The Lebanese people I have met are friendly, capable, and interesting. They are well educated, multi-lingual, and generally involved in the pursuit of some profession. They’re very much into family over multiple generations and they think globally, in part because they have so many Lebanese relatives living in diaspora worldwide.

 

© Rex M. Rogers – All Rights Reserved, 2011

*This blog may be reproduced in whole or in part with a full attribution statement. Contact Rex or read more commentary on current issues and events at www.rexmrogers.com or follow him at www.twitter.com/RexMRogers.

Beirut is a city by the Mediterranean Sea facing West. Huge, multi-million residents. Mountains just behind or East, somewhat like LA or San Francisco but much closer and higher mountains with the city climbing the sides.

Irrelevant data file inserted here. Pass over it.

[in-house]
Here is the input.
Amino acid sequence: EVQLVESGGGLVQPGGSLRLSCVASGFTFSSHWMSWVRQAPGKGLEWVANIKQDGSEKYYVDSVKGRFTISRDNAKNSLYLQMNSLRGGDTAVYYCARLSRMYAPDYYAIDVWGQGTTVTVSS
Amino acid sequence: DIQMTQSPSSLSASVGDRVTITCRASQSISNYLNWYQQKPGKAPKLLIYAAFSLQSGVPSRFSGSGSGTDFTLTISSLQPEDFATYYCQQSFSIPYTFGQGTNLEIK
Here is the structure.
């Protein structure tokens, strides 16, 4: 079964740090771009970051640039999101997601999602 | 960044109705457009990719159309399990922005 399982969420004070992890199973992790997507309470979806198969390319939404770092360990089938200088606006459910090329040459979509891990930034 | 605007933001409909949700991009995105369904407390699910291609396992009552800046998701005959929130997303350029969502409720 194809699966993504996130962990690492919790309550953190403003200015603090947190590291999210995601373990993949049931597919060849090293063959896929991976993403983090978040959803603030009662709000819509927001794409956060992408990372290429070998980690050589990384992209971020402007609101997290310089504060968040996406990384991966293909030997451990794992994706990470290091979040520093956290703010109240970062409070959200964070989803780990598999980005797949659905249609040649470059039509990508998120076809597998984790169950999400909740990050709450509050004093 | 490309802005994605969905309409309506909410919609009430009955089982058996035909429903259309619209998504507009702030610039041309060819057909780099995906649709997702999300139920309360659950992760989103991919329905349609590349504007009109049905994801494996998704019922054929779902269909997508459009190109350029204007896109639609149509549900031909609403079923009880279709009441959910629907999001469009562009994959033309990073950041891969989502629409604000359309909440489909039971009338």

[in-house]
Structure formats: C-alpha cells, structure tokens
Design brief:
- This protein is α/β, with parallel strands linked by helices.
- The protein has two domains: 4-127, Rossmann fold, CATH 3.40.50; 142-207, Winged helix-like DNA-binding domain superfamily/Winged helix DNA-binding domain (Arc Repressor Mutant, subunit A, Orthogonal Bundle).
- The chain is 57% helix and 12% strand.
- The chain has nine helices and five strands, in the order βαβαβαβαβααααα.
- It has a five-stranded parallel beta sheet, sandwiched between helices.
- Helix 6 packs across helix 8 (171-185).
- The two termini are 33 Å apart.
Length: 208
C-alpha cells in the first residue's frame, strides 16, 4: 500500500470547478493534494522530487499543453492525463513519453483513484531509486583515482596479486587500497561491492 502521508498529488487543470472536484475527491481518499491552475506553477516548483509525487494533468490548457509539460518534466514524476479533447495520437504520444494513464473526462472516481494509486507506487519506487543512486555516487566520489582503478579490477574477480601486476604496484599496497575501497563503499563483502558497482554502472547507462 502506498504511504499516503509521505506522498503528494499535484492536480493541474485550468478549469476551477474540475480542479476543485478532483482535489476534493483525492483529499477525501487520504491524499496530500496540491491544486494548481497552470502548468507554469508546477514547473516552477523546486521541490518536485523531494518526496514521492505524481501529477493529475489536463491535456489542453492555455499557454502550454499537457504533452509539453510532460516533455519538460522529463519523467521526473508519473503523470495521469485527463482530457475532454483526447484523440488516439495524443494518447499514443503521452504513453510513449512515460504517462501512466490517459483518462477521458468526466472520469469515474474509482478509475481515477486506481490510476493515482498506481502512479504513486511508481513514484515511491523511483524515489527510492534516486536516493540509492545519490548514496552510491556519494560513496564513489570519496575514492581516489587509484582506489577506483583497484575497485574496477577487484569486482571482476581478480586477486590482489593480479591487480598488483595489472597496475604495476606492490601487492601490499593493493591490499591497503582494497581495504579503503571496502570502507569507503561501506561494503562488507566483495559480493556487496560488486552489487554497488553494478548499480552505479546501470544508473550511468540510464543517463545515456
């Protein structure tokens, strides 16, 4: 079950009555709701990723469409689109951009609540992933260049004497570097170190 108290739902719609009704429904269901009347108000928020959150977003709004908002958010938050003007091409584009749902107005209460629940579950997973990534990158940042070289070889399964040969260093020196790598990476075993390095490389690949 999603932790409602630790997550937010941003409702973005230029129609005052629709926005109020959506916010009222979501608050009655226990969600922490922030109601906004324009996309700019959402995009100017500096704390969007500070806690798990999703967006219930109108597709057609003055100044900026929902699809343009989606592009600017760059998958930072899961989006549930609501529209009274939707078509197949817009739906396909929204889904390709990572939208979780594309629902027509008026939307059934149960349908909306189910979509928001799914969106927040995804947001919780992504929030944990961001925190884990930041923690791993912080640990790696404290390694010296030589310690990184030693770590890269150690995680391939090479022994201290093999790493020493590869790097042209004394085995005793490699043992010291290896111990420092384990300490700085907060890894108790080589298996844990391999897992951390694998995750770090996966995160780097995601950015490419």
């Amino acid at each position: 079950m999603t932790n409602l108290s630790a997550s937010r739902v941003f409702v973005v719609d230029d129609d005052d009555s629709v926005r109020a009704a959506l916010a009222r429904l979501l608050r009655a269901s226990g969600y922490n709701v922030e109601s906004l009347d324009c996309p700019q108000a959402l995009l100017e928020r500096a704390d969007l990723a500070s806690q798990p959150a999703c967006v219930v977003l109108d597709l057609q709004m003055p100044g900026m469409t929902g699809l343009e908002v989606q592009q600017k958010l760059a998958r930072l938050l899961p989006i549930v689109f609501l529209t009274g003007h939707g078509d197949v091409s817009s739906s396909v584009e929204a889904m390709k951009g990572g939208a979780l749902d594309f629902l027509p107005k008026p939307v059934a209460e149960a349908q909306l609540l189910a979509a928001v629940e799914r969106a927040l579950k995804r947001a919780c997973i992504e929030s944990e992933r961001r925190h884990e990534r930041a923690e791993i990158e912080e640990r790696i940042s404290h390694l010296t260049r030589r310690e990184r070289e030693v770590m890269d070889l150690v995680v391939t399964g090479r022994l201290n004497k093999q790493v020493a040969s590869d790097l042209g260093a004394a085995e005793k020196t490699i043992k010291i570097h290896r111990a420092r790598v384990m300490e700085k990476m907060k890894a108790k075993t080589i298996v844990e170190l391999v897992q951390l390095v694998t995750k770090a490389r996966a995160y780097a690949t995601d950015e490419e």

Our hotel is in a community up the mountain about 30 minutes from the city proper. Long way from the sea but can see it and the city clearly whenever we travel down hill. Sunsets spectacular. Birds everywhere, first wildlife I saw: pigeons.

City features few Western-style skyscrapers of glass and steel, instead, thousands of all off-white stone, cement, or manufactured stone-surfaced highrises maybe 20-30 stories at most with smaller windows and less glass than Western buildings, probably due to the constant sun. Many residential buildings have huge canopy-like curtains hanging from the top of the balcony to shield the sun and heat.

The Lebanon flag is a distinctive one: a red band on the top and bottom covering about one-third of the flag with a wide, white band in the middle two-thirds. In the middle of the white is a green Cedar of Lebanon. Red, white, and green. Beautiful.

Boiled eggs and goat cheese for breakfast, along with Nescafe coffee brewed in my cup at the table, served like tea with hot water and makings, very strong, which I like. Also black olives with every meal, salty and not bad but not my favorite.

English-language CNN available on the tube and maybe one other English station, the rest Arabic of course, along with some French. Lebanon has a French colonial history, so people here speak Arabic, French, and maybe English. My cab-driver spoke no English, but we got to "J'mapelle Joe" and Rex.